The Ontario government has scrapped its much-maligned lottery system for cannabis retail licences, paving the way for more store openings in the sparsely-served province.
In a news release issued late Thursday, Attorney General Doug Downey said the Alcohol and Gaming Commission of Ontario (AGCO) will remove the cap on privately licenced stores, and begin accepting new operator applications on Jan. 6, 2020. Store authorization applications are set to begin on Mar. 2. Authorizations from that process are expected to follow at a pace of 20-per-month, beginning in April.
“Our government is determined to open the cannabis market as responsibly as possible," Downey said in the release. “We have said all along that opening more legal stores is the most effective way to combat the illicit market, protect our kids and keep our communities safe. That is our number one priority.”
The policy shift was widely reported on Thursday prior to the announcement.
Canada legalized recreational cannabis on Oct. 17, 2018. The Ontario government capped the number of physical stores in response to low supply at the onset of legal sales. Most industry observers agree that fears of short supply are now unfounded, with many warning that producers are sitting on a glut of unsold inventory.
Ontario has opened only 24 physical cannabis stores since April 1, 2019, the first day new pot shops were allowed to serve customers. Alberta, a province with about 10 million fewer residents, had 176 stores as of July, according to Statistics Canada.
Under the new rules, retail operators in Ontario will be able to own up to 75 cannabis stores by next September.
Other regulatory changes include eliminating pre-qualification requirements for prospective retailers, and increasing the ability of licensed producers to participate at the retail level. Licensed producers will soon be able to open a store at one of their growing facilities, increasing the potential for tourism. Stores will also be allowed to sell a broader range of pot-related items, like magazines and cookbooks.
CIBC analyst John Zamparo called Thursday’s announcement “more modest compared to our expectations” in a research note on Friday. He said Ontario’s 2020 target for about 250 stores lags behind the roughly 270 he estimates are currently open in Alberta, where the pace of new stores has been the quickest.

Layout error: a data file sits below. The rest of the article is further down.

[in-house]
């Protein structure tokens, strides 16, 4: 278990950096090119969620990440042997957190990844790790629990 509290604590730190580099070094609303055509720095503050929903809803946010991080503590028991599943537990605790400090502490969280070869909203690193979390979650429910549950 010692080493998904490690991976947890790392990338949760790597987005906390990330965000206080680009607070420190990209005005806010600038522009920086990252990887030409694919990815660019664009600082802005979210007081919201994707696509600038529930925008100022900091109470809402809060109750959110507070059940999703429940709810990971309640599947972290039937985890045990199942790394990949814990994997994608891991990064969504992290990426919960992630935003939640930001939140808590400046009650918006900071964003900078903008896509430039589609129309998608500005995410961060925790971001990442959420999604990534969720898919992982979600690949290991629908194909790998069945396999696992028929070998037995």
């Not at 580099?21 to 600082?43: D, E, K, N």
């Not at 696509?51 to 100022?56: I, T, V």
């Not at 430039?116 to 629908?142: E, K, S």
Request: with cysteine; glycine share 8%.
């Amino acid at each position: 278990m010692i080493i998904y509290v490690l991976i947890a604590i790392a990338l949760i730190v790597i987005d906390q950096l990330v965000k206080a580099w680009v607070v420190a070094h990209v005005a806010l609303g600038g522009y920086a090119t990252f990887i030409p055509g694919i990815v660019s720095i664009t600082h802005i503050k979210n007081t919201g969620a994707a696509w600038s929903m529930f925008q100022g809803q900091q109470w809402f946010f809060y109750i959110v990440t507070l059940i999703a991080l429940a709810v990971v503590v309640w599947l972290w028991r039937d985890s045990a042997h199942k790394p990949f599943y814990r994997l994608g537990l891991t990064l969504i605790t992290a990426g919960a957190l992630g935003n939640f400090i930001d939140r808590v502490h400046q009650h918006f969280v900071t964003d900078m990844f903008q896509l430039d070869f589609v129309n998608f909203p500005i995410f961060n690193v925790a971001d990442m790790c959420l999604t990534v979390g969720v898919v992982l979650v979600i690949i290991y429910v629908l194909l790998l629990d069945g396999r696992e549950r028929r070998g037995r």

BMO analyst Tamy Chen was also encouraged by the news. She referred to her previous research as a gauge of the potential impact. Last month, she projected a 35 per cent sales volume increase if Ontario added 325 stores in 2020.
The Ontario Cannabis Policy Council, a group of industry leaders and experts focused on adult-use pot in the province, applauded the decision.
“With Ontario home to more than half of the recreational LPs, the majority of cannabis employment, and the largest domestic consumer market, opening up Ontario’s cannabis retail market will have a positive effect on job creation, investor confidence, and the economy,” the council said in a statement on Thursday.
“Beyond this, we must ensure private retailers and licensed producers can operate in a regulatory environment where they can compete effectively with the illicit market. To that end, the OCPC calls on the Ontario government to continue along a path of reform and allow LPs to directly negotiate with retailers.”
Ontario sold the most legal cannabis among the provinces in the first year of recreational legalization at $216.8 million, according to Statistics Canada. However, the Ontario Cannabis Store said it lost $42 million in its most recent fiscal year. Costs associated with the abrupt shift from the previous Liberal government’s fully-private model to the current framework added to costs.
Craig Wiggins, managing director of the industry research team TheCannalysts, has been a vocal critic of the government’s handling of the cannabis file since recreational legalization. According to his figures, the province has missed out on $325 million in economic activity, $26 million in provincial sales tax, and $25 million in excise tax.
The lack of stores in Ontario has been widely blamed by executives in the industry for putting a damper on sales at a critical juncture for the sector.
“At risk of oversimplifying, the inability of the Ontario government to license retail stores right off the bat has resulted in half of the expected market in Canada simply not existing,” he said. “Ontario represents 40 per cent of the country's population, yet has one retail cannabis store for 600,000 people.”
Jeff Lagerquist is a senior reporter at Yahoo Finance Canada. Follow him on Twitter @jefflagerquist.